Hey Shaf (and any others on the front line)

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Borderer
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Hey Shaf (and any others on the front line)

Post by Borderer » Thu Apr 16, 2020 12:43 pm

How are things going for the front-liners amongst us? How are your hospitals/care homes etc coping? Do you all have all you need?

redefined_cycles
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Re: Hey Shaf (and any others on the front line)

Post by redefined_cycles » Sat Apr 18, 2020 11:32 pm

Messaged ya...

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ballibeg
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Re: Hey Shaf (and any others on the front line)

Post by ballibeg » Sun Apr 19, 2020 2:11 pm

All good in my neck of woods. Lockdown looks to have been very effective. Bit of concern as to where our usual work has gone though. Plenty of PPE on our ambulances and staff absences still being covered. Yes it's tough, every job is more complicated now but we're still smiling.

Dave
Paramedic

redefined_cycles
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Re: Hey Shaf (and any others on the front line)

Post by redefined_cycles » Sun Apr 19, 2020 2:14 pm

ballibeg wrote:
Sun Apr 19, 2020 2:11 pm
All good in my neck of woods. Lockdown looks to have been very effective. Bit of concern as to where our usual work has gone though. Plenty of PPE on our ambulances and staff absences still being covered. Yes it's tough, every job is more complicated now but we're still smiling.

Dave
Paramedic
Well done Dave... Same with our lot. Finishing work about an hour later (maybe just me cos of my dyslexia... or maybe am just a bit thick). Patients are super sick though on the ICU and what you said about 'usual work'... I heard an Outreach nurse say a similar thing at one of the hospitals I was at once covering a shift... Well done Dave, everyone knows its you guys and A&E that are the proper heros :-bd

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ballibeg
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Re: Hey Shaf (and any others on the front line)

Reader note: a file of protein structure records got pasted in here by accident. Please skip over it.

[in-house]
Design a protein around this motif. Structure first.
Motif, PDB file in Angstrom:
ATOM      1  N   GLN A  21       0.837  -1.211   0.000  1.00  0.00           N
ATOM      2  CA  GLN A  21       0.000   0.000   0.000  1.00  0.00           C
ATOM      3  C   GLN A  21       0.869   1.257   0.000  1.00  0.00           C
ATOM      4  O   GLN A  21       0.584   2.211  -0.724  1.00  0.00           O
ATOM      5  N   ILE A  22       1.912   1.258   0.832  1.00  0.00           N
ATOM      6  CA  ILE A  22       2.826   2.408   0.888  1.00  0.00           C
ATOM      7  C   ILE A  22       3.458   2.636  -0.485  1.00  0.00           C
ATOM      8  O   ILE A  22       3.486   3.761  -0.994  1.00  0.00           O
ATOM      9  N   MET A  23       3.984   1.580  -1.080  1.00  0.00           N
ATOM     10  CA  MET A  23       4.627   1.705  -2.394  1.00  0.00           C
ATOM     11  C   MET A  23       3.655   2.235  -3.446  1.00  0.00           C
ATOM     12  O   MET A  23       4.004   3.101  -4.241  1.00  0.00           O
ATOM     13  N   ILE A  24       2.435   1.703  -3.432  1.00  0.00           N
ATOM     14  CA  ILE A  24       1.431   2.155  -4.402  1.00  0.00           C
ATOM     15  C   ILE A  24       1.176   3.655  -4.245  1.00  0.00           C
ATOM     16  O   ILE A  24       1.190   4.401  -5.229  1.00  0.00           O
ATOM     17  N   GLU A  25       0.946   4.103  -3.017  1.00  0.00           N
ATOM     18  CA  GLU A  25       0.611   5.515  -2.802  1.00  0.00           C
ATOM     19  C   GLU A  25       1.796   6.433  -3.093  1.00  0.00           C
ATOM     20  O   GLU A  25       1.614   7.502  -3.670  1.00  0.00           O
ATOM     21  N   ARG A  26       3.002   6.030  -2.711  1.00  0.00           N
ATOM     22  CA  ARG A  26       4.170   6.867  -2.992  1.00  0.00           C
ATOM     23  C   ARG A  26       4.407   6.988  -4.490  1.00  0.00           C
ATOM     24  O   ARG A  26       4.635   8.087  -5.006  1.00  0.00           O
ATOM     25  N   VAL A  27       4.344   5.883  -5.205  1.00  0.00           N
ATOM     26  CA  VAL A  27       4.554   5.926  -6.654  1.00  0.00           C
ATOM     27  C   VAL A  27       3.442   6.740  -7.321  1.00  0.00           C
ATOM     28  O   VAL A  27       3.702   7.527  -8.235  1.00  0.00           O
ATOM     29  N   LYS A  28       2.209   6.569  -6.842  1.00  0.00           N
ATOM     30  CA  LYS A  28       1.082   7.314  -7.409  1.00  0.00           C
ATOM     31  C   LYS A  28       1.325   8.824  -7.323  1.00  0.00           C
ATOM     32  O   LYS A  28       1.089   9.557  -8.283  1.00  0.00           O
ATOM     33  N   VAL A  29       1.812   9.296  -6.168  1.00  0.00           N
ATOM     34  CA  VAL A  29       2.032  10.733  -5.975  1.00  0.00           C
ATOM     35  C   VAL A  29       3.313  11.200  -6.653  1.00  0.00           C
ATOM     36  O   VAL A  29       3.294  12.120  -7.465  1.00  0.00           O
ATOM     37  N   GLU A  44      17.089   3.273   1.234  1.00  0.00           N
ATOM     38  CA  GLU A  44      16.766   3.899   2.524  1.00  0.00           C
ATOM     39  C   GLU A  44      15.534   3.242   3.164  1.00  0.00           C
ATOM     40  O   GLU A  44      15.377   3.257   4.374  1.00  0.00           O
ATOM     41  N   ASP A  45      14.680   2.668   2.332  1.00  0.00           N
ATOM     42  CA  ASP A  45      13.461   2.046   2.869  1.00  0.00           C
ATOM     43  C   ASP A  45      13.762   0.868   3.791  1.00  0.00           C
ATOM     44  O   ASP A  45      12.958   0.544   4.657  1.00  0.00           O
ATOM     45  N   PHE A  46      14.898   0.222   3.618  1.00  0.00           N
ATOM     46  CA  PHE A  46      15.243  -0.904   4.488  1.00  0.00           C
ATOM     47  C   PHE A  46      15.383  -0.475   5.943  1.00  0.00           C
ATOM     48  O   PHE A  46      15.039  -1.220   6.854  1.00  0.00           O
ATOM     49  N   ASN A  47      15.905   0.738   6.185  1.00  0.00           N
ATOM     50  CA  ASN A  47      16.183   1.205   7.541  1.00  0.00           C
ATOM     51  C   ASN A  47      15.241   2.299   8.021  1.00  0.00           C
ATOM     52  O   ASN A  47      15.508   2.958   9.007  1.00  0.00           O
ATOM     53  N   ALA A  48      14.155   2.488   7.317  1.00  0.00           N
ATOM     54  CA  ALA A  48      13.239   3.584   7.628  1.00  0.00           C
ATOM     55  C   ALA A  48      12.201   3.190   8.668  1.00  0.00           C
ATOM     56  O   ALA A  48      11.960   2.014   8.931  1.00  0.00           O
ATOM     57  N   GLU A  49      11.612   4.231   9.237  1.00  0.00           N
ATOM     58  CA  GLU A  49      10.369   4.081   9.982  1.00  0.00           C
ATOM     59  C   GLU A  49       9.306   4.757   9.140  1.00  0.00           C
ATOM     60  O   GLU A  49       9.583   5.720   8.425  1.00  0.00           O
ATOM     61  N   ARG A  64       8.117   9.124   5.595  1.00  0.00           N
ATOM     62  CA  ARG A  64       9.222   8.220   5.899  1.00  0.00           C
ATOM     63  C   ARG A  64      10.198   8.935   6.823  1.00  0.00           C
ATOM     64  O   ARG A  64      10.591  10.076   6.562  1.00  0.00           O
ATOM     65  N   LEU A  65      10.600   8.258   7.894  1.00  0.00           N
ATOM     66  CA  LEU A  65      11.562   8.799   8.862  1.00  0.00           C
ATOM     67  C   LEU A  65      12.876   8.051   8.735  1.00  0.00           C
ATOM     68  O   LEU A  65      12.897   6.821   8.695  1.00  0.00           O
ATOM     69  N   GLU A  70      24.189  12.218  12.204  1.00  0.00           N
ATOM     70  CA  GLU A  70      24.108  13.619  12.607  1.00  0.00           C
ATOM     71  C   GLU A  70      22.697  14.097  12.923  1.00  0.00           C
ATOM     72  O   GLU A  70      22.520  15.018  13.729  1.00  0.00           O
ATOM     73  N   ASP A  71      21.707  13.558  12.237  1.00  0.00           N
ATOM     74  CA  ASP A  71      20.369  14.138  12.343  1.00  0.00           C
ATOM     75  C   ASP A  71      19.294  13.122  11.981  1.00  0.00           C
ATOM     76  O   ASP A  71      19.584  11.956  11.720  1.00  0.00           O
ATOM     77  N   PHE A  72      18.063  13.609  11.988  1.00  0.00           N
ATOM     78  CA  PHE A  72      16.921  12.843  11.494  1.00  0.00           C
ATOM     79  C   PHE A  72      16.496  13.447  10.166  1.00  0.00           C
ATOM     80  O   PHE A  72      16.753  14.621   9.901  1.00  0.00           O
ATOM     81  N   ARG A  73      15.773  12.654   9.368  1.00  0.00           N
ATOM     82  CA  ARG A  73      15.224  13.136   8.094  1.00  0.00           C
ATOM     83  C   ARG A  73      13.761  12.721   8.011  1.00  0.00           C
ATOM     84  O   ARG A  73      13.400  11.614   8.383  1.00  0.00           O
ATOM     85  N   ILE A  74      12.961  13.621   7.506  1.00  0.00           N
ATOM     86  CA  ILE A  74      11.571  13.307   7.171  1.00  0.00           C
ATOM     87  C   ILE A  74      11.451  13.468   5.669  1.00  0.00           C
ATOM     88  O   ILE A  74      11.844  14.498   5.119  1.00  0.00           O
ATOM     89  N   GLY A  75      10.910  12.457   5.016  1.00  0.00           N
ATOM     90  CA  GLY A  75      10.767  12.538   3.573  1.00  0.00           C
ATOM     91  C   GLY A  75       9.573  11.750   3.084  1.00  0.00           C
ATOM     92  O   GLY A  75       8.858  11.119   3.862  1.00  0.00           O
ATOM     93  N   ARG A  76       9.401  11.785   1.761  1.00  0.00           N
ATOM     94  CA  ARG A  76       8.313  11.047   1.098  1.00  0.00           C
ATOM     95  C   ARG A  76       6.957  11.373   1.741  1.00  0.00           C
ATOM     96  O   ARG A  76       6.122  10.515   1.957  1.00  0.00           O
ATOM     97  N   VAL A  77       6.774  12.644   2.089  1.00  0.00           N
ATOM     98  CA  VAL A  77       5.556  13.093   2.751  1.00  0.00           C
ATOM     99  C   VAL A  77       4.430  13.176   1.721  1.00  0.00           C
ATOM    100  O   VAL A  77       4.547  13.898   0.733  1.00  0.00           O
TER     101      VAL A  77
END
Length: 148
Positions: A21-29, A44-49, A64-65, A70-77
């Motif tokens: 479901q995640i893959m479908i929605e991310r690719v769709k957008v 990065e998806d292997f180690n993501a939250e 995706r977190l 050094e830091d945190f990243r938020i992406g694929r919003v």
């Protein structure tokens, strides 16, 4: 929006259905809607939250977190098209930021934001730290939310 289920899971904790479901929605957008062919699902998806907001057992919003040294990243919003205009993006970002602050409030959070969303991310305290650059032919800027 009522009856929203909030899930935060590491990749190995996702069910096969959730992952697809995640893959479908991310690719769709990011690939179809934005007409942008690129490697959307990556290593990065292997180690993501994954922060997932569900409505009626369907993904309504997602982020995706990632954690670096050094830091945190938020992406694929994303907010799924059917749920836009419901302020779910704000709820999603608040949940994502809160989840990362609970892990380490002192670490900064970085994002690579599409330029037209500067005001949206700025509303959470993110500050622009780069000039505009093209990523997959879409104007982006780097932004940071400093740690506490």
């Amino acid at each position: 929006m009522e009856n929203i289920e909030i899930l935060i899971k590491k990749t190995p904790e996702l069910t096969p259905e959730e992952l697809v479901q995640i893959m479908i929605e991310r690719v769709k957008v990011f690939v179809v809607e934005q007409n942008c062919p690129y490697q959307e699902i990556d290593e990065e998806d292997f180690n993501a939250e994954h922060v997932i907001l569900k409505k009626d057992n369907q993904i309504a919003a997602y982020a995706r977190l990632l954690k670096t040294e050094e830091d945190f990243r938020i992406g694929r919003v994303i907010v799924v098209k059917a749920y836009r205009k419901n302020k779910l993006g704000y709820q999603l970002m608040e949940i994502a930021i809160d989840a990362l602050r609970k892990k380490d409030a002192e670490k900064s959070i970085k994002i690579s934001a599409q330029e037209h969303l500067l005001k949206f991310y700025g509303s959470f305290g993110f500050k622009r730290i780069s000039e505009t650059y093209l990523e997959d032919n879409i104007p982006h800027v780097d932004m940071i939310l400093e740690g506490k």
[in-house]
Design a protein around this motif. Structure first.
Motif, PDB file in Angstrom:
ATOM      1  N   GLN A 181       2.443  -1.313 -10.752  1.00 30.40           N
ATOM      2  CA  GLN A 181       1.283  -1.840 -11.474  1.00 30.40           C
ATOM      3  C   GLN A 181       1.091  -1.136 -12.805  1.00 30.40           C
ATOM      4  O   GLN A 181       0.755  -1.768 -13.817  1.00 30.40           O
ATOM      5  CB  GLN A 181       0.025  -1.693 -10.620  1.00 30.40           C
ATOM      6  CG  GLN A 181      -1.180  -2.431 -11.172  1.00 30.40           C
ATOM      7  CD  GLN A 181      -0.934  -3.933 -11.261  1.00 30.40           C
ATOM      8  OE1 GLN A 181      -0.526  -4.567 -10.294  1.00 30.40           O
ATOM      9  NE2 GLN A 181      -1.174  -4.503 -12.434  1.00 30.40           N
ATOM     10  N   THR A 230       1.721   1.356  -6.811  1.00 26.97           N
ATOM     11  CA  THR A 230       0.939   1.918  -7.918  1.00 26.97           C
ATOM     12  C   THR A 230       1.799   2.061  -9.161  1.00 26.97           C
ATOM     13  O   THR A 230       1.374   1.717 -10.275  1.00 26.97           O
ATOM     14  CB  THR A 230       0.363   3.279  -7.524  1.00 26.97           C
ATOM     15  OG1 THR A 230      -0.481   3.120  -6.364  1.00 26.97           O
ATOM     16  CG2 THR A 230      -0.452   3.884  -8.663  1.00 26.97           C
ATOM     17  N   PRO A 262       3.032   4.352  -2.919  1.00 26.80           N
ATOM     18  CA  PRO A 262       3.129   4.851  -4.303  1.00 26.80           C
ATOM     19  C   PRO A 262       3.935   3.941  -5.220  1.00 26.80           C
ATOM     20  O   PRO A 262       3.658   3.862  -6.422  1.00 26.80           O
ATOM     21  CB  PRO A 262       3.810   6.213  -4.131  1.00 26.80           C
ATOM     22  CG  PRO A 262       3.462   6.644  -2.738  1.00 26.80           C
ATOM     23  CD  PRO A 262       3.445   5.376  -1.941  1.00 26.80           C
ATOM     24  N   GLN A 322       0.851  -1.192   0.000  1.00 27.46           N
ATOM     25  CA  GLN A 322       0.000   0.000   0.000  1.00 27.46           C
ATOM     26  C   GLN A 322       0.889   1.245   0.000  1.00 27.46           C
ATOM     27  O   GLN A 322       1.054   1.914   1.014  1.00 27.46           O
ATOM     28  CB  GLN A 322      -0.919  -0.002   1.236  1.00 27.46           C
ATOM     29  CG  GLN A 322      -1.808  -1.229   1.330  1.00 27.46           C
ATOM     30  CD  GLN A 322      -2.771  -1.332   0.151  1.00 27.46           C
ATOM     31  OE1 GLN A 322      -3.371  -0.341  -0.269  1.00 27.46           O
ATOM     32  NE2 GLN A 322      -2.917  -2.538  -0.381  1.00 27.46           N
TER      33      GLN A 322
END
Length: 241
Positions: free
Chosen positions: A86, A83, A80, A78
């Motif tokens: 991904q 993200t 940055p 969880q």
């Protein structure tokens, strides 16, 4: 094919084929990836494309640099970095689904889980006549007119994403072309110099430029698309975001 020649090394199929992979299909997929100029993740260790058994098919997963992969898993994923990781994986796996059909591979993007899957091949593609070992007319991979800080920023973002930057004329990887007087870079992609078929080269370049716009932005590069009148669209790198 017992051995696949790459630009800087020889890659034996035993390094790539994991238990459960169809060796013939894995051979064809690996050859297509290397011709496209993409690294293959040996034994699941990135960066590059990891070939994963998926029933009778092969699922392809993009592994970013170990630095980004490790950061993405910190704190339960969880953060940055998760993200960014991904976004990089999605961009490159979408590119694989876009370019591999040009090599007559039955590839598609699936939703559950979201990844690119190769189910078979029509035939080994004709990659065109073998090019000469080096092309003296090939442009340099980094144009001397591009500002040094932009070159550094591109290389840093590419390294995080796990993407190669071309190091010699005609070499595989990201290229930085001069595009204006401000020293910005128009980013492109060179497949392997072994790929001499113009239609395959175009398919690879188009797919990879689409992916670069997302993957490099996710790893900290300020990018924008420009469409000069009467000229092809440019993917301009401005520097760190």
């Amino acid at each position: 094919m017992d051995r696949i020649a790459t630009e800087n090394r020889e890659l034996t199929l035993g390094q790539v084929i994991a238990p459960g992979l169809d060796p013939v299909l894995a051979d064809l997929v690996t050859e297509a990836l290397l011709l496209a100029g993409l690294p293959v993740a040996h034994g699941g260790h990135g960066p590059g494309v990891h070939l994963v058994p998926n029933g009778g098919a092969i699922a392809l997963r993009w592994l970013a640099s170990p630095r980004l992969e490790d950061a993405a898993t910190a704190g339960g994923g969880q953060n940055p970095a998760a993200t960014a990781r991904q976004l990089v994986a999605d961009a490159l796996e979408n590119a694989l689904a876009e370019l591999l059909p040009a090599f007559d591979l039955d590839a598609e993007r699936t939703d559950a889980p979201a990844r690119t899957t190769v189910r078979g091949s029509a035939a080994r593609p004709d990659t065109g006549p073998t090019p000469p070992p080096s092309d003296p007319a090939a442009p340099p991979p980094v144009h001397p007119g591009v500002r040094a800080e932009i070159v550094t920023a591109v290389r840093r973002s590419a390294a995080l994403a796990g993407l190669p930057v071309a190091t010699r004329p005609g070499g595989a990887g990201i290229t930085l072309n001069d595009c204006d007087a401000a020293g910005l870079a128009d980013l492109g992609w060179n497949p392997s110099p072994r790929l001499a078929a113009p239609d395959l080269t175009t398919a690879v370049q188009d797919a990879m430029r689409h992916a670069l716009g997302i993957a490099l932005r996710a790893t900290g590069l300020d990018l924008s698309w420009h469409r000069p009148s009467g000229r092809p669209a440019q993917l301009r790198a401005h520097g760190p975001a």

Post by ballibeg » Sun Apr 19, 2020 2:40 pm

Thanks but remember I'm just standing on the shoulders of giants. Someone got out of bed for me to fuel up in early hours this morning. My microwave meal was on the shelf in the coop and the staff had the store open to sell it to me. Someone got the power back on in the station so I could cook it.

So many folk are pulling together right now it's wonderful. I hope the camaraderie continues and we don't return to the old ways.

😉👍🏻

redefined_cycles
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Re: Hey Shaf (and any others on the front line)

Post by redefined_cycles » Sun Apr 19, 2020 2:53 pm

Again.. Amazingly said mate. To add to that list..

I started selling bits for my own respirator (well worth it) and paid above the odds (there's a supply demand issue so potentially I bought the only new one still available off an ebay trade seller) but in the menawhile the folk off of here also fundraised about £2k which has gone to the hospitals ICU for when the airPowered ones become available again. There's another chap (Alasdair) who decided to sell his pride/joy Ti Stooge bike for the same cause...

Whilst that went on Al (of Escape Goat fame) sent me a spare light bracket and Nige (of Johnny Storm fame) gifted me some shoes which have Danny Macs siganture on em so make me able to ride curbs on my days off... Whilst that all went on, another chap called Ben gifted me a military grade backpack to carry my kit in.

Bloomin marvellous along with all the other people reallly making things run smoothly as you stated above and many more. Well done everyone but wanted to really mention them names above cos they really took the pressure off a lot :-bd

[Edit] Soz if I missed anyone.. you all know who you are including Stu and MactheKnife and everyone else... :smile:

redefined_cycles
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Re: Hey Shaf (and any others on the front line)

Post by redefined_cycles » Sun Apr 26, 2020 11:11 am

Just a quick update as I'm pretty sure noone can threaten me with wanting to report me to the NMC :???:

So I'm an agency nurse part timer (about 20 hours permanent and a shift or 2 on agency).